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Nick Shebish overcomes ACL tear, lack of postseason to earn college offers

Nick Shebish overcomes ACL tear, lack of postseason to earn college offers


Nick Shebish doesn’t regret his decision to transfer from De La Salle in Chicago to Bishop Noll before his sophomore year.

He considered leaving when the Warriors announced they would only play a partial schedule with no postseason for the remainder of his high school career. And the ACL tear that forced Shebish to miss most of his senior season wasn’t any fun, either.

But the connections he made by remaining at Noll are starting to pay off, as Shebish has earned four college scholarship offers in the last few weeks.

“I play football to create a bond with people I never thought I would be able to have a bond with,” Shebish said. “I wanted to not only enjoy my high school experience but get business done while doing it. Bishop Noll luckily had a team and it was honestly the best choice I’ve ever made to stay because I met (coach Wayne Racine). He gave me so many encouraging words and so much motivation to keep fighting through everything I went through.”

On the third play of the game against Lake Station on Sept. 20, a teammate rolled over Shebish’s knee and it bent “in a way that it definitely wasn’t supposed to bend,” he said. He knew it was bad immediately, but he didn’t want the younger Warriors players to see him in pain.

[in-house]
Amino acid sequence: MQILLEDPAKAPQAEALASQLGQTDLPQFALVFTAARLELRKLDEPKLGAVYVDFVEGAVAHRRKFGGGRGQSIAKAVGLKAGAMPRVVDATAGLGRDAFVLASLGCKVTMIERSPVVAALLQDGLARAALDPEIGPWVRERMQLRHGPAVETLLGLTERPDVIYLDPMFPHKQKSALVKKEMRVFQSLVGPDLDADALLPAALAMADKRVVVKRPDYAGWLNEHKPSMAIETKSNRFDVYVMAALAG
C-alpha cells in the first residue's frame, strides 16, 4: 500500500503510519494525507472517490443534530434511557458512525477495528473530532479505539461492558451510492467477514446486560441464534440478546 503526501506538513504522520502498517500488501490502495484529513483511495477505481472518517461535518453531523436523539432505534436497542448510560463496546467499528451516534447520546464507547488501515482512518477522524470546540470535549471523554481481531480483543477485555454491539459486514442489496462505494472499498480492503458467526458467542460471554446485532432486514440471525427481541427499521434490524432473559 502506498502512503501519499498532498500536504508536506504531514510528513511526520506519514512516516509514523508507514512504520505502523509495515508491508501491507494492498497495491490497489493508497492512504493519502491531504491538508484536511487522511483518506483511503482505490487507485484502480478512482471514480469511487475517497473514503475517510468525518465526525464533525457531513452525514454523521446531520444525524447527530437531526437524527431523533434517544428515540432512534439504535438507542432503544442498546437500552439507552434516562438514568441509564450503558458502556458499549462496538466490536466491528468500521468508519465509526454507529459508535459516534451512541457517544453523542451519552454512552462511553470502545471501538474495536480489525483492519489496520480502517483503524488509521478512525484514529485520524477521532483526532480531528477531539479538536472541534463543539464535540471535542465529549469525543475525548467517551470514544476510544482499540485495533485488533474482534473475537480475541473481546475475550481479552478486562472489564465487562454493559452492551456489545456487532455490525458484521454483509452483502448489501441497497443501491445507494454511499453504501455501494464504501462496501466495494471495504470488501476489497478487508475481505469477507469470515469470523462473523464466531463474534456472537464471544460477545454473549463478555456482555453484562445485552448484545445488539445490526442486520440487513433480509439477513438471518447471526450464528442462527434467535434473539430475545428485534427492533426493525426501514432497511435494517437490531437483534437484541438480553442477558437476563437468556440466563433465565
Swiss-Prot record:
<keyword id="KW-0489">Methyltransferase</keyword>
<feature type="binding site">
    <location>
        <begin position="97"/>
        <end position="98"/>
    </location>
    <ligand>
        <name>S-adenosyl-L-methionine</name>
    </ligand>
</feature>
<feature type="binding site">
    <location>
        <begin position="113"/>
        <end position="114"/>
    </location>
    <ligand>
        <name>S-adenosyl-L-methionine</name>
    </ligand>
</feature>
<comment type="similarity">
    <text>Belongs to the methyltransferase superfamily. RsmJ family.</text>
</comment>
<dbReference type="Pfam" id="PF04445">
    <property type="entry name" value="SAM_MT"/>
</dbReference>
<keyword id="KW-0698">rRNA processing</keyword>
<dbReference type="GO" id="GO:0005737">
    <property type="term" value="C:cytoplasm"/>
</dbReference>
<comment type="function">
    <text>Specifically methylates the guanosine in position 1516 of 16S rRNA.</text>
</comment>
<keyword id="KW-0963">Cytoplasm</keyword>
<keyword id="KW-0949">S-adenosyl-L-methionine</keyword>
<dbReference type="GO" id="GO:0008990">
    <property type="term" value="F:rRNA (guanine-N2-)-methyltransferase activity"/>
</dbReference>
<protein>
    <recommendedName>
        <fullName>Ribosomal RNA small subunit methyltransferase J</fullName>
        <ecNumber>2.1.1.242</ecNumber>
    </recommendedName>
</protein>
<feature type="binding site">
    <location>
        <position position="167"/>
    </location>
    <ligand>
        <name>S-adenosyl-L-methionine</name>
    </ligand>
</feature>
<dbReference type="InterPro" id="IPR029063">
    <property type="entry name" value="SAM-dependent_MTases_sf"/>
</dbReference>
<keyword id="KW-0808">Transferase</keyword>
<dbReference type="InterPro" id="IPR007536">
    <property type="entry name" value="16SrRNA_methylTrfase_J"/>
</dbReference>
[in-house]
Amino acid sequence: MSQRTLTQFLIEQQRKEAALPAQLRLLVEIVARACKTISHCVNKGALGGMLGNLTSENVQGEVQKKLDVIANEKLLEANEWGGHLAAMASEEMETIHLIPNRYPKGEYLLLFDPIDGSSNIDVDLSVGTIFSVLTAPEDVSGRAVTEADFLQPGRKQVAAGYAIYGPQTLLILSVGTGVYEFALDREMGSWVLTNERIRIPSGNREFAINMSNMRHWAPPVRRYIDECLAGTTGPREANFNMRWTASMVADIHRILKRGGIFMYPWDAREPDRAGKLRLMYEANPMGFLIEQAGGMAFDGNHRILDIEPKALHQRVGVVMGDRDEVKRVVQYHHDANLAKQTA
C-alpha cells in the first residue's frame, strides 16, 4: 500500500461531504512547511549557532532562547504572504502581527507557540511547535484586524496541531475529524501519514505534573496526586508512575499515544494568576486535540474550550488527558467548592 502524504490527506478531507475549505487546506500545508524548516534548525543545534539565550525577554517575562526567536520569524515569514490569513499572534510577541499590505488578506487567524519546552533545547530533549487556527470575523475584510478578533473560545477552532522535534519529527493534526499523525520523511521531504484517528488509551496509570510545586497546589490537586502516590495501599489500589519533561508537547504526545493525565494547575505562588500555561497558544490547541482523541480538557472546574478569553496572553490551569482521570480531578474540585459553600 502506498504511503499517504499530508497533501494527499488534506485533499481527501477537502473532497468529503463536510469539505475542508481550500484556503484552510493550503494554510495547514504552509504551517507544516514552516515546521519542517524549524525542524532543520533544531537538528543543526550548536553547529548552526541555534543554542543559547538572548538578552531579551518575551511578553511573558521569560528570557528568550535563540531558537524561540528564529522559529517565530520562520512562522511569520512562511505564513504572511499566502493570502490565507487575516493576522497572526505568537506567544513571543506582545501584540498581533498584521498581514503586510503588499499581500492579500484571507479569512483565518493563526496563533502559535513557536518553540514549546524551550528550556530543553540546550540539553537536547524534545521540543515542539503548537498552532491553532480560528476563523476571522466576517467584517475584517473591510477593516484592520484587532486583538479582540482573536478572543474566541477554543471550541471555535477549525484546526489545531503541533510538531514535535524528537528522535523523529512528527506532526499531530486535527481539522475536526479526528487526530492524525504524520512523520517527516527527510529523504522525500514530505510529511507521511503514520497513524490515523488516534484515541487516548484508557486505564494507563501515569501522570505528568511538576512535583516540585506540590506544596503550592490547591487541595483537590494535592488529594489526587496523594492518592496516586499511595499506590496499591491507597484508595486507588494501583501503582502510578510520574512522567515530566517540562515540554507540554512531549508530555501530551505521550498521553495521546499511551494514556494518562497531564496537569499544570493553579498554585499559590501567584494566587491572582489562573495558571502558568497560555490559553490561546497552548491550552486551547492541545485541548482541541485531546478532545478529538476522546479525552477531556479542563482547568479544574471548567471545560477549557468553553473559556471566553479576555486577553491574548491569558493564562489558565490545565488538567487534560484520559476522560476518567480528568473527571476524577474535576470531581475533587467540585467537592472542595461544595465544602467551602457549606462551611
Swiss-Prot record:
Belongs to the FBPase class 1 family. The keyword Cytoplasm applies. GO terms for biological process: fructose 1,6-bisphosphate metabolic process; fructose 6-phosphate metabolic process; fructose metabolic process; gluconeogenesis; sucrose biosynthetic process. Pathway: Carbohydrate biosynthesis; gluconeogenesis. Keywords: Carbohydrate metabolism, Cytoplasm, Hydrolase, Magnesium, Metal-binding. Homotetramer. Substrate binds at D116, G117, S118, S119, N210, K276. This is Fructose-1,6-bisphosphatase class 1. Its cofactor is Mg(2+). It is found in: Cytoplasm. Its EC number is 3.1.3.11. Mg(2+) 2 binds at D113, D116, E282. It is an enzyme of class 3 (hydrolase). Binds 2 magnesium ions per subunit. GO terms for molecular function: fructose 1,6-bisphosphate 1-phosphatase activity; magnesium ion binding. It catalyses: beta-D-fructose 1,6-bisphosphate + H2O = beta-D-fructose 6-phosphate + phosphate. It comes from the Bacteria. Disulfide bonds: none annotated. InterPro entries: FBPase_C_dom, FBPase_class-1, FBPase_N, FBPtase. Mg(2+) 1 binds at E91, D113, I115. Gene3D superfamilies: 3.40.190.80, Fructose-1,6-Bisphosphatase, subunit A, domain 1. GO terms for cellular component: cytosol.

“The minute I saw it, I said to my coaches in the headset ‘Nick’s done for the season,’” Racine said. “Nick reacted like Nick does. He tried to walk a little bit and he just collapsed. He said ‘Give me a few minutes and I’ll be ready to go.’ I told him he was done for the game.”

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Shebish was still with the team for the remainder of the season, on the sidelines at games and practices. Racine said he actually watched tape more intently, studying it more like a coach in order to help his teammates.

“I definitely became not only a better player but a better person (through the injury),” Shebish said. “I know how precious not only the game is but how precious your body is. Every move that you make can be dangerous or can contribute to a win.”

Racine has a background in small college football, with stops at Marian, Hanover College and Walsh University. He used some of those contacts to spread the word about Shebish, who didn’t have a lot of tape to share.

“Nick means so much to me,” Racine said. “He could’ve taken off and ran, gone to other places, and I wouldn’t have blamed him. But he stuck it out. He saw that we’re going to fix this (program), that we’re going to get this straight and we are.”

Shebish is ahead of schedule in his rehab and expects to be ready for a college camp.

“No doubt, I'll be locked and loaded and ready to go for August. I’ve put in way too much work not to be,” he said.

Schools offering include Benedictine, Trine, Anderson and Division III powerhouse Mount Union. Shebish said he expects a few others to offer soon. Some want him to play linebacker while others are talking about Shebish converting to an edge rusher.

He’ll make his college decision next month.

“Nick is just what you want your son to be. I couldn’t ask for a better captain,” Racine said.

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